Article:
Johnson Visits Border, Turning Up Heat on Biden for an Immigration Deal

House Republicans threatened on Wednesday to starve the entire federal government of funding if President Biden and Democrats fail to institute a crackdown at the U.S.-Mexico border to choke off the flow of migrants streaming into the country.

The warning came as Speaker Mike Johnson led a visit by more than 60 House Republicans to Eagle Pass, Texas, to raise pressure on the president and Democrats to agree to strict new immigration policies.

“No more money for this bureaucracy of his government until you’ve brought this border under control,” said Representative Andy Biggs, Republican of Arizona. “Shut the border down or shut the government down.”

In a news conference Wednesday, Mr. Johnson attacked Mr. Biden for a surge in migrant crossings, demanding that he clamp down by deporting people who try to enter the country illegally and reinstitute a Trump-era policy of keeping migrants in Mexico until their day in immigration court.

He said Republicans would not support the administration’s efforts to secure more than $50 billion in security assistance for Ukraine unless Mr. Biden embraced the restrictions in a stringent border security bill the House passed last spring, calling it “what’s necessary to fix the problem.”

“If President Biden wants a supplemental spending bill focused on national security, it better begin by defending America’s national security — it begins right there on our southern border,” Mr. Johnson said.

Senate Republicans and Democrats are struggling to reach an agreement on border policy to speed those funds to Kyiv as part of a broader emergency spending bill.

The visit comes two weeks before the first of two deadlines to fund the government, which Senate negotiators hoped would also help build momentum toward a border deal. The talks have centered around making it more difficult for migrants to claim asylum in the United States, by deporting or detaining more of those who cross the border and keeping more of them out of the country while they await a decision on whether they will be allowed to enter.

Republicans in both the House and Senate have said that such changes are necessary to stem what they argue is a threat to the country’s national security.

“These are not people who are fleeing and are looking for asylum out of fear for their lives,” Mr. Johnson told reporters Wednesday, claiming that “hardened criminals” were taking advantage of lax border enforcement policies to wreak havoc in the United States.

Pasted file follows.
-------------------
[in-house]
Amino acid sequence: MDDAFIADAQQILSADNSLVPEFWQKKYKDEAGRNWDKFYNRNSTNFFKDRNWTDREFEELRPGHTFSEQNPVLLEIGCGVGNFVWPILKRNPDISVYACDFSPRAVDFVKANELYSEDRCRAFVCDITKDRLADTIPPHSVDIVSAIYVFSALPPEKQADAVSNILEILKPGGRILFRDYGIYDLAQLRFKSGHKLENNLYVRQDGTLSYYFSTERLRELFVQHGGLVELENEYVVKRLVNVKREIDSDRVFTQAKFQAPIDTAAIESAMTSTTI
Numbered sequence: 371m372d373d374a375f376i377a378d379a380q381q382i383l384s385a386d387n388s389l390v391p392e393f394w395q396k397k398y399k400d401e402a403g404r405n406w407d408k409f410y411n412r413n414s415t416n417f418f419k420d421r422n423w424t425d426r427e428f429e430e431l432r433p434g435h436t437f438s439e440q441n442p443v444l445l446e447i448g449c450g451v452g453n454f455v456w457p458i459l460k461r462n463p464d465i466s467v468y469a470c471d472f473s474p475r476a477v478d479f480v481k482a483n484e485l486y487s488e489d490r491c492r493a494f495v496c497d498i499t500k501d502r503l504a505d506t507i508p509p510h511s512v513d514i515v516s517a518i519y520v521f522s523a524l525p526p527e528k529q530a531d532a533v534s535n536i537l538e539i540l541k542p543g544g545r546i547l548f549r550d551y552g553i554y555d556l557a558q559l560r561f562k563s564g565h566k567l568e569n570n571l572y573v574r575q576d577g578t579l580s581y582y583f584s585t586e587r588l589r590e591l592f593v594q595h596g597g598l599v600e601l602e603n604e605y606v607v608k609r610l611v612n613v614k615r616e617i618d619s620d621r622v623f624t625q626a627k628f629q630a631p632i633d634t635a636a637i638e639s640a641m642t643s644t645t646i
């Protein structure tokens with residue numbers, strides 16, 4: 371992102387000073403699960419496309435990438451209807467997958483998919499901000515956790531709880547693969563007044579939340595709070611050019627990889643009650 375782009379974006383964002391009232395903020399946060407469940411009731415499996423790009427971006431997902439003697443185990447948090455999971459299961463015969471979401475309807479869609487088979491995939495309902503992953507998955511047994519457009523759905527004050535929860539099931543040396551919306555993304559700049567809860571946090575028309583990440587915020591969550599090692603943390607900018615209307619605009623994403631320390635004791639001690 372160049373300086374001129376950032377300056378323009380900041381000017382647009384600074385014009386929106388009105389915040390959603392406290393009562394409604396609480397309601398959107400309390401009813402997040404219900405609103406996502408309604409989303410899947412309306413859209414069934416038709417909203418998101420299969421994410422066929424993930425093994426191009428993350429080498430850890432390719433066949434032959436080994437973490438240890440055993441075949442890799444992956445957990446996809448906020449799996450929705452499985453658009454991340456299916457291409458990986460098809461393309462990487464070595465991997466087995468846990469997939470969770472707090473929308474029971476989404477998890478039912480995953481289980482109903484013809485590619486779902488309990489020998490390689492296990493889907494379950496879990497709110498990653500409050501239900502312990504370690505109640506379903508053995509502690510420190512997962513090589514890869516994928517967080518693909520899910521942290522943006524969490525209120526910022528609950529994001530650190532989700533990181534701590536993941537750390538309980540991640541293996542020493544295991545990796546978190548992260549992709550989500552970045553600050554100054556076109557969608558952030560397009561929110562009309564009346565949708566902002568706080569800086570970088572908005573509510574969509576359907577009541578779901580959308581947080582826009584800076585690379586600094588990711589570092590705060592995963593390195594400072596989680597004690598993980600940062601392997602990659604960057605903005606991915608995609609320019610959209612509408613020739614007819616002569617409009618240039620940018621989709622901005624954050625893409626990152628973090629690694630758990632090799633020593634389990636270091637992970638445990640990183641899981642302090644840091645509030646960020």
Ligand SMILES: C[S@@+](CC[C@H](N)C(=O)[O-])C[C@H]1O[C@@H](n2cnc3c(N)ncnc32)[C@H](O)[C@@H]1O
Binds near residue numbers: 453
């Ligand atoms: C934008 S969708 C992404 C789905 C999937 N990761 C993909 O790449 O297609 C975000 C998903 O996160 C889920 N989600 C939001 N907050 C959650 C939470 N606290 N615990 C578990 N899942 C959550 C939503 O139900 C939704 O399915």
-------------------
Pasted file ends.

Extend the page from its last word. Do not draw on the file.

But as G.O.P. lawmakers flocked to Eagle Pass hoping to embarrass Mr. Biden with a scene of chaos and danger, the backdrop was mostly empty and serene. Only a handful of migrants could be seen crossing the narrow stretch of the Rio Grande as Mr. Johnson spoke to the news media — a trickle compared to the rush that unfolds there on a typical day.

“It may have to do with the fact that the speaker and 60-plus members showed up,” Representative Tony Gonzales, Republican of Texas and a host of the event, told reporters. He suggested that cartels that smuggle migrants to the border had intentionally slowed down their work to undercut the G.O.P.’s dire message.

Still, Democrats are not discounting the warnings. Mr. Biden and Democrats in Congress, recognizing the political liability they face if they fail to address the border, have signaled openness to making significant changes to existing border security policies, but not enough to satisfy Republicans. And in the House, Republicans are pressing for even more severe measures that Democrats are unlikely to embrace.

“This situation requires significant policy changes and House Republicans will continue advocating for real solutions that actually secure our border,” Mr. Johnson said Tuesday in a post on social media.

Republicans in both the House and Senate have insisted that sweeping immigration changes must be part of any bill to help Ukraine fight off a Russian invasion, and G.O.P. senators last month blocked a $110.5 billion national security spending bill that would replenish Kyiv’s war chest. Their demands prompted Biden administration officials, including Alejandro N. Mayorkas, the homeland security secretary, to join near-daily bipartisan talks on Capitol Hill last month to find an elusive compromise on immigration policies — a reflection of the political pressure Democrats face to impose order on the border.